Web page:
The Murder on the Links/Chapter 22

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For a moment or two I sat as though frozen, the photograph still in my hand. Then, summoning all my courage to appear unmoved, I handed it back. At the same time, I stole a quick glance at Poirot. Had he noticed anything? But to my relief he did not seem to be observing me. Anything unusual in my manner had certainly escaped him.

He rose briskly to his feet.

“We have no time to lose. We must make our departure with all despatch. All is well—the sea it will be calm!”

In the bustle of departure, I had no time for thinking, but once on board the boat, secure from Poirot’s observation (he, as usual, was “practising the method most excellent of Laverguier”) I pulled myself together, and attacked the facts dispassionately. How much did Poirot know? Was he aware that my acquaintance of the train and Bella Duveen were one and the same? Why had he gone to the Hôtel du Phare? On my behalf as I had believed? Or had I only fatuously thought so, and was this visit undertaken with a deeper and more sinister purpose?

But in any case, why was he bent on finding this girl? Did he suspect her of having seen Jack Renauld commit the crime? Or did he suspect—but that was impossible! The girl had no grudge against the elder Renauld, no possible motive for wishing his death. What had brought her back to the scene of the murder? I went over the facts carefully. She must have left the train at Calais where I parted from her that day. No wonder I had been unable to find her on the boat. If she had dined in Calais, and then taken a train out to Merlinville, she would have arrived at the Villa Geneviève just about the time that Françoise said. What had she done when she left the house just after ten? Presumably either gone to an hotel, or returned to Calais. And then? The crime had been committed on Tuesday night. On Thursday morning, she was once more in Merlinville. Had she ever left France at all? I doubted it very much. What kept her there—the hope of seeing Jack Renauld? I had told her (as at the time we believed) that he was on the high seas en route to Buenos Ayres. Possibly she was aware that the Anzora had not sailed. But to know that she must have seen Jack. Was that what Poirot was after? Had Jack Renauld, returning to see Marthe Daubreuil, come face to face instead with Bella Duveen, the girl he had heartlessly thrown over?

I began to see daylight. If that were indeed the case, it might furnish Jack with the alibi he needed. Yet under those circumstances his silence seemed difficult to explain. Why could he not have spoken out boldly? Did he fear for this former entanglement of his to come to the ears of Marthe Daubreuil? I shook my head, dissatisfied. The thing had been harmless enough, a foolish boy and girl affair, and I reflected cynically that the son of a millionaire was not likely to be thrown over by a penniless French girl, who moreover loved him devotedly, without a much graver cause.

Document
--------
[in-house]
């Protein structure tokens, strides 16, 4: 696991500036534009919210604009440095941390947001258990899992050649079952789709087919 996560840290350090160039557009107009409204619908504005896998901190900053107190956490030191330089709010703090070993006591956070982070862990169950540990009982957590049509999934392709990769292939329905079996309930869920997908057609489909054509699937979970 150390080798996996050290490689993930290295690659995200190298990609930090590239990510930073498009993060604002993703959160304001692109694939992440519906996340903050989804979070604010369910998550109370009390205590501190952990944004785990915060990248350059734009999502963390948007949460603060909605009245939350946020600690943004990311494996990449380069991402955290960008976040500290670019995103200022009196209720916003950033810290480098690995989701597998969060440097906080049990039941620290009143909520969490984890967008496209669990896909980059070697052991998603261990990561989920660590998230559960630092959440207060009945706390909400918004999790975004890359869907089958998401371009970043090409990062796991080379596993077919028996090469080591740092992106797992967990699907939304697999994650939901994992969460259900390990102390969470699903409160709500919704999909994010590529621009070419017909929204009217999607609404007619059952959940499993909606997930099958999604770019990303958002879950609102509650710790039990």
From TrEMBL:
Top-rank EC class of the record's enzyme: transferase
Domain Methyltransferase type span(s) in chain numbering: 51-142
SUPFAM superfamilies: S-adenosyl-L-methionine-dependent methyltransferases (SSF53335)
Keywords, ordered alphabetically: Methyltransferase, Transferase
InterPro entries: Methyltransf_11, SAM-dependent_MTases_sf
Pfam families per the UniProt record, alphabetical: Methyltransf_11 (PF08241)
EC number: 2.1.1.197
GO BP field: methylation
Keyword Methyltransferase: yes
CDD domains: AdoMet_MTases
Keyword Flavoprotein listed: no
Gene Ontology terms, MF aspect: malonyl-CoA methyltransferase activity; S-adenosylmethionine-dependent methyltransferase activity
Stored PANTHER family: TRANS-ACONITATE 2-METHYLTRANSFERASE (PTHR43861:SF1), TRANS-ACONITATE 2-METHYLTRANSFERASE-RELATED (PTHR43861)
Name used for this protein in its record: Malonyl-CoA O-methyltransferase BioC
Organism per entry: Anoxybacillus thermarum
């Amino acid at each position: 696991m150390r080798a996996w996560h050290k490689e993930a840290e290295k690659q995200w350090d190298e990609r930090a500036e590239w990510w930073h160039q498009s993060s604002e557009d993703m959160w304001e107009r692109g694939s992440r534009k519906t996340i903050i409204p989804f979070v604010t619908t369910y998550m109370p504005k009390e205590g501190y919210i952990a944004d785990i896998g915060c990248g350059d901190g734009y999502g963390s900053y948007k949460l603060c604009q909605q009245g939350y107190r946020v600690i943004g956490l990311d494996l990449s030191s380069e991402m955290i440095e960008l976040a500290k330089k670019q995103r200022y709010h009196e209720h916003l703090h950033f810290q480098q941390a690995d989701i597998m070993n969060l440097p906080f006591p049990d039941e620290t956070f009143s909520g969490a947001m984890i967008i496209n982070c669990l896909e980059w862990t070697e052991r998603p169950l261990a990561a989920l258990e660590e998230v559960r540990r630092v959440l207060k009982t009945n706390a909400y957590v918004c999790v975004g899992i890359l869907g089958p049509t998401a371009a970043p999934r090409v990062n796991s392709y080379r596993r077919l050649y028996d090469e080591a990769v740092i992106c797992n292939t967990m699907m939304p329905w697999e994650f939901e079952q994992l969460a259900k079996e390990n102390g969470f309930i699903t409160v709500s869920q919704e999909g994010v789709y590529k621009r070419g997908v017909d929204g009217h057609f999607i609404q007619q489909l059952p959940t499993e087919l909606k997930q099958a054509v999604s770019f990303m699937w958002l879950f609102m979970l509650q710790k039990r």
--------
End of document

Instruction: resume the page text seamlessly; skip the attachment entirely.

Altogether I found the affair puzzling and unsatisfactory. I disliked intensely being associated with Poirot in hunting this girl down, but I could not see any way of avoiding it, without revealing everything to him, and this, for some reason, I was loath to do.

Poirot reappeared brisk and smiling at Dover, and our journey to London was uneventful. It was past nine o’clock when we arrived, and I supposed that we should return straight away to our rooms and do nothing till the morning. But Poirot had other plans.

“We must lose no time, mon ami. The news of the arrest will not be in the English papers until the day after tomorrow, but still we must lose no time.”

I did not quite follow his reasoning, but I merely asked how he proposed to find the girl.

“You remember Joseph Aarons, the theatrical agent? No? I assisted him in a little matter of a Japanese wrestler. A pretty little problem, I must recount it to you one day. He, without doubt, will be able to put us in the way of finding out what we want to know.”

It took us some time to run Mr. Aarons to earth, and it was after midnight when we finally managed it. He greeted Poirot with every evidence of warmth, and professed himself ready to be of service to us in any way.

“There’s not much about the profession I don’t know,” he said, beaming genially.

Eh bien, M. Aarons, I desire to find a young girl called Bella Duveen.”

“Bella Duveen. I know the name, but for the moment I can’t place it. What’s her line?”

“That I do not know—but here is her photograph.”

Mr. Aarons studied it for a moment, then his face lighted.

“Got it!” He slapped his thigh. “The Dulcibella Kids, by the Lord!”

“The Dulcibella Kids?”

“That’s it. They’re sisters. Acrobats, dancers and singers. Give quite a good little turn. They’re in the provinces somewhere, I believe—if they’re not resting. They’ve been on in Paris for the last two or three weeks.”

“Can you find out for me exactly where they are?”

“Easy as a bird. You go home, and I’ll send you round the dope in the morning.”

With this promise we took leave of him. He was as good as his word. About eleven o’clock the following day, a scribbled note reached us.

“The Dulcibella Sisters are on at the Palace in Coventry. Good luck to you.”